Royal Dutch

Tue, 2012-02-07 21:14Farron Cousins
Farron Cousins's picture

China Looks To Stephen Harper For Lessons In Dirty Energy Exploitation

Canadian Prime Minister Stephen Harper is in China this week to meet with Chinese leaders about how both countries can profit big by exploiting China’s shale gas reserves, as well as by importing Canadian tar sands oil. Harper is scheduled to meet with both Chinese officials, as well as heads of oil and gas companies during his four-day visit to the country.

More on the specifics of who will be attending these meetings, from Reuters Canada:

During his trip Harper will meet President Hu Jintao and Premier Wen Jiabao as well as two important regional players - Chongqing Communist Party chief Bo Xilai and Wang Yang, the chief of Guangdong province.

The Canadian mission, which will arrive in Beijing on Tuesday, is the largest of its kind since 1998. Guests include top executives from Shell Canada, Enbridge and Canadian Oil Sands as well as uranium producer Cameco Corp and mining firm Teck Resources Ltd.

Other firms include plane and train maker Bombardier Inc, Air Canada, Eldorado Gold Corp, SNC-Lavalin Group Inc, Canfor Corp and West Fraser Timber Co Ltd.

After the United States’ rejection last month of the Keystone XL pipeline, Canadian officials are hoping to reap a profit in the world’s largest emerging market. But any energy trade deals would certainly benefit both sides, as just last week PetroChina, parent of China’s largest oil producer, purchased a 20% stake in a Canadian shale gas project being run by Royal Dutch Shell.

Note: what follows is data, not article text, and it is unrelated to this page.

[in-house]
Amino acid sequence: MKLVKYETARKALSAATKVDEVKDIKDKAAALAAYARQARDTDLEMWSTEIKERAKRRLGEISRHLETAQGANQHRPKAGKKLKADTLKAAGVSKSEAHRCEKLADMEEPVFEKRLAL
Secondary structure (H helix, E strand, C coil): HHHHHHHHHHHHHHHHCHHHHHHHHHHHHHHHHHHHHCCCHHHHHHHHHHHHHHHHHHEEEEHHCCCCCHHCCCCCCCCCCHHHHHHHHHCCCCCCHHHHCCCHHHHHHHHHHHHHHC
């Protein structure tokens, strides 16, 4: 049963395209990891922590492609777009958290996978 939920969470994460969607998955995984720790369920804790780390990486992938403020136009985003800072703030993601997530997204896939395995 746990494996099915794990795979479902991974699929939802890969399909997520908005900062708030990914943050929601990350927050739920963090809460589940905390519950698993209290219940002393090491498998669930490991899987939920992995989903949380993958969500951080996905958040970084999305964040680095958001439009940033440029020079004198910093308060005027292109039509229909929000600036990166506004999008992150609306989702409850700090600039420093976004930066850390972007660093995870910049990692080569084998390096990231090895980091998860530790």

Chinese oil companies are hoping that their cooperation with Shell and the Canadian government will help them use these valuable resources to teach officials more about the process of extracting shale gas, mostly through fracking.

Just last year, with some financing through other Chinese oil companies, Shell invested more than $400 million in Chinese shale gas projects, which included the drilling of at least 15 different shale extraction wells.

Sun, 2007-04-15 17:29Emily Murgatroyd
Emily Murgatroyd's picture

Do Nothing, Risk Everything

A recent report published in March by the Ethical Funds Company found that out of 48 Canadian oil and gas companies studied, only 2 were responding in any meaningful way to address the risks associated with global warming; Shell Canada and Suncor.

Using a wide variety of sustainability metrics, EFC scored each company to determine how well they are prepared to meet the increasing demand for environmentally and sustainably sound practices in the oil and gas sector as it becomes more and more clear that climate change is a reality and will have a significant effect on operations and investor relations.

Subscribe to Royal Dutch